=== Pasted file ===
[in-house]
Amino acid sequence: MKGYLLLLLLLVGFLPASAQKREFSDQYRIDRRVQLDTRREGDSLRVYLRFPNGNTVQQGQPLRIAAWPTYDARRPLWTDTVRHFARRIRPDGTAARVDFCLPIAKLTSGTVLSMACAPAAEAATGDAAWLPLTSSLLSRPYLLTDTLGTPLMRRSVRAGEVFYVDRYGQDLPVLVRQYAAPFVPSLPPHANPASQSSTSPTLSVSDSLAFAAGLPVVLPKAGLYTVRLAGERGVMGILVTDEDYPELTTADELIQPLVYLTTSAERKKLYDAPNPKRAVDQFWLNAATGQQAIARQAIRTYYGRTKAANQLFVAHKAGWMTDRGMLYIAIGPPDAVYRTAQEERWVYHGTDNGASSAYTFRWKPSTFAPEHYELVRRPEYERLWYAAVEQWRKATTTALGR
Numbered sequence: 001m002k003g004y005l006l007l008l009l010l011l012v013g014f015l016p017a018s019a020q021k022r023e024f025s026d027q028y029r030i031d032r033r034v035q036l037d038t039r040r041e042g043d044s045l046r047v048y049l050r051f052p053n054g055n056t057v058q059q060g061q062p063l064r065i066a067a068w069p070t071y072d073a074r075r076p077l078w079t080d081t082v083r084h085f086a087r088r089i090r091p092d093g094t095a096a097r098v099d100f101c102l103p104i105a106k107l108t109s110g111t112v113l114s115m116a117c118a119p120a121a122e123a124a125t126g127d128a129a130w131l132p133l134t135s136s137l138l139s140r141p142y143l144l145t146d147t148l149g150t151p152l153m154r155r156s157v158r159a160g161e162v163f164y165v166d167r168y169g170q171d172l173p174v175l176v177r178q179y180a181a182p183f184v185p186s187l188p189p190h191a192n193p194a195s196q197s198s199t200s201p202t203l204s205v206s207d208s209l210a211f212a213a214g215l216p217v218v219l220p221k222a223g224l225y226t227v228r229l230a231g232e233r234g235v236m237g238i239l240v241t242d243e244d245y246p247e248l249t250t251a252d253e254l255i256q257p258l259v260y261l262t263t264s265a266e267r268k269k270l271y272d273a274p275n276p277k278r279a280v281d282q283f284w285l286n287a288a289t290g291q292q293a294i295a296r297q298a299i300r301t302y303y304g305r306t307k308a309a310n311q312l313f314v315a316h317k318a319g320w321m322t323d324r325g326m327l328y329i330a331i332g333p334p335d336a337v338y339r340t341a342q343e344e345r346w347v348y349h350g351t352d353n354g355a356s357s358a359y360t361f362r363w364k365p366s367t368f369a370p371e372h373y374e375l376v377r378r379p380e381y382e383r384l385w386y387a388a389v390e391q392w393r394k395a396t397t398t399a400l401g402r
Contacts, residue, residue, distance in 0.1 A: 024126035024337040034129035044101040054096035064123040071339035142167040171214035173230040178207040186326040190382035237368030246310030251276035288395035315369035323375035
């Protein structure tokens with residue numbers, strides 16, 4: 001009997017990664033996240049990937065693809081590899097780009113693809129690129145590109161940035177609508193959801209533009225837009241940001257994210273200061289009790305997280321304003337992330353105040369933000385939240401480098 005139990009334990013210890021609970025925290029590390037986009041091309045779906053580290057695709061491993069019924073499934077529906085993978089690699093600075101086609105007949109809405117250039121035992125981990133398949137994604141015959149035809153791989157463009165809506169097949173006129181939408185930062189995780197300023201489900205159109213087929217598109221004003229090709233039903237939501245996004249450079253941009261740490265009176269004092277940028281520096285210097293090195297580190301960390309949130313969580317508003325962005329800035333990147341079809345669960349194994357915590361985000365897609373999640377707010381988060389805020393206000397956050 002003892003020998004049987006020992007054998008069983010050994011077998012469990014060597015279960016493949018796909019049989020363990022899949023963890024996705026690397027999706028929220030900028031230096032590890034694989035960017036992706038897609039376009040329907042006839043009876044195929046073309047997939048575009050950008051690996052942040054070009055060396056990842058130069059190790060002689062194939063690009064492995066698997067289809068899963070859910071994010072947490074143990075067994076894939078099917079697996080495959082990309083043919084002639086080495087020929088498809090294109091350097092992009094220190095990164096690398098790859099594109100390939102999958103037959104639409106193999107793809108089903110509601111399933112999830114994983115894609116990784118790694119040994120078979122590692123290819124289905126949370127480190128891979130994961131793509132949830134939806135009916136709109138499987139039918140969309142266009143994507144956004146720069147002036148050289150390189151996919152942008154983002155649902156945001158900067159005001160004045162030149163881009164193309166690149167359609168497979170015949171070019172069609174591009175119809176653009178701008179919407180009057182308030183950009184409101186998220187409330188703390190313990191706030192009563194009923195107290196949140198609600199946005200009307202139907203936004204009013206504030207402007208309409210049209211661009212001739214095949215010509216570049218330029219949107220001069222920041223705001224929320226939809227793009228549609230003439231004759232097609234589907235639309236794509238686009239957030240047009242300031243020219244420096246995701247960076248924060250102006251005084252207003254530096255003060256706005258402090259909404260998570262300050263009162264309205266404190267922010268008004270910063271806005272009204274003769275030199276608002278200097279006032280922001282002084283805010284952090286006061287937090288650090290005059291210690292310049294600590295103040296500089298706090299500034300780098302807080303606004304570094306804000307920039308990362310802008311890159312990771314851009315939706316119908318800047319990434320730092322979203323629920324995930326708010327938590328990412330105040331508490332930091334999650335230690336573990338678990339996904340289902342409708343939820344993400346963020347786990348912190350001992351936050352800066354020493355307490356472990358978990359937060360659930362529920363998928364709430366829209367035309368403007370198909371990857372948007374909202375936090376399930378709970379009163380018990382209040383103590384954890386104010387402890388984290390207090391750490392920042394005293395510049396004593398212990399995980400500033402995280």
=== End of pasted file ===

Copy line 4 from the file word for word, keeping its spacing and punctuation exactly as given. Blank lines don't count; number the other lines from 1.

Contacts, residue, residue, distance in 0.1 A: 024126035024337040034129035044101040054096035064123040071339035142167040171214035173230040178207040186326040190382035237368030246310030251276035288395035315369035323375035